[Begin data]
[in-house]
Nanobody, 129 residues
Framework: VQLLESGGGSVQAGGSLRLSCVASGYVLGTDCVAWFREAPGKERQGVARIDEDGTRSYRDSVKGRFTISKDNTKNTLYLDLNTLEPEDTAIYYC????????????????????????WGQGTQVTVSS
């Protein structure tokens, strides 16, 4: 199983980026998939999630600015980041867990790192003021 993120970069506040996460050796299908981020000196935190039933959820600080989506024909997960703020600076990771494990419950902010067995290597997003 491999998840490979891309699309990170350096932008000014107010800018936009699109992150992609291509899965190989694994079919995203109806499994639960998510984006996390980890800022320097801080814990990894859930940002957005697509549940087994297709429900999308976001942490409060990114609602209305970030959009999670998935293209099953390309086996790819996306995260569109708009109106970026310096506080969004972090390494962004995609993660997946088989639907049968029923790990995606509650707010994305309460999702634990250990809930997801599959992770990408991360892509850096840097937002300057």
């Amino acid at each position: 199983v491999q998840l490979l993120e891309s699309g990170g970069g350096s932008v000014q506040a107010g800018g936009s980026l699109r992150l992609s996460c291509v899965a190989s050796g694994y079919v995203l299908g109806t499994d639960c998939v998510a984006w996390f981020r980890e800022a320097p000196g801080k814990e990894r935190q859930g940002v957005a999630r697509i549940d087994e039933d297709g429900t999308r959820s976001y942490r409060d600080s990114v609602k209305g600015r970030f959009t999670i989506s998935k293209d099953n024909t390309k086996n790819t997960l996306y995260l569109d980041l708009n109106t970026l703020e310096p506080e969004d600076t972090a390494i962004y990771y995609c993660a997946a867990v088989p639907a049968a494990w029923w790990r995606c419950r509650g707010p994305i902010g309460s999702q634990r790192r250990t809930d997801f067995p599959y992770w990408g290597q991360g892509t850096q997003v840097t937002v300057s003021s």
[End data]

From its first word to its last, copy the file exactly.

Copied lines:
[in-house]
Nanobody, 129 residues
Framework: VQLLESGGGSVQAGGSLRLSCVASGYVLGTDCVAWFREAPGKERQGVARIDEDGTRSYRDSVKGRFTISKDNTKNTLYLDLNTLEPEDTAIYYC????????????????????????WGQGTQVTVSS
């Protein structure tokens, strides 16, 4: 199983980026998939999630600015980041867990790192003021 993120970069506040996460050796299908981020000196935190039933959820600080989506024909997960703020600076990771494990419950902010067995290597997003 491999998840490979891309699309990170350096932008000014107010800018936009699109992150992609291509899965190989694994079919995203109806499994639960998510984006996390980890800022320097801080814990990894859930940002957005697509549940087994297709429900999308976001942490409060990114609602209305970030959009999670998935293209099953390309086996790819996306995260569109708009109106970026310096506080969004972090390494962004995609993660997946088989639907049968029923790990995606509650707010994305309460999702634990250990809930997801599959992770990408991360892509850096840097937002300057």
């Amino acid at each position: 199983v491999q998840l490979l993120e891309s699309g990170g970069g350096s932008v000014q506040a107010g800018g936009s980026l699109r992150l992609s996460c291509v899965a190989s050796g694994y079919v995203l299908g109806t499994d639960c998939v998510a984006w996390f981020r980890e800022a320097p000196g801080k814990e990894r935190q859930g940002v957005a999630r697509i549940d087994e039933d297709g429900t999308r959820s976001y942490r409060d600080s990114v609602k209305g600015r970030f959009t999670i989506s998935k293209d099953n024909t390309k086996n790819t997960l996306y995260l569109d980041l708009n109106t970026l703020e310096p506080e969004d600076t972090a390494i962004y990771y995609c993660a997946a867990v088989p639907a049968a494990w029923w790990r995606c419950r509650g707010p994305i902010g309460s999702q634990r790192r250990t809930d997801f067995p599959y992770w990408g290597q991360g892509t850096q997003v840097t937002v300057s003021s």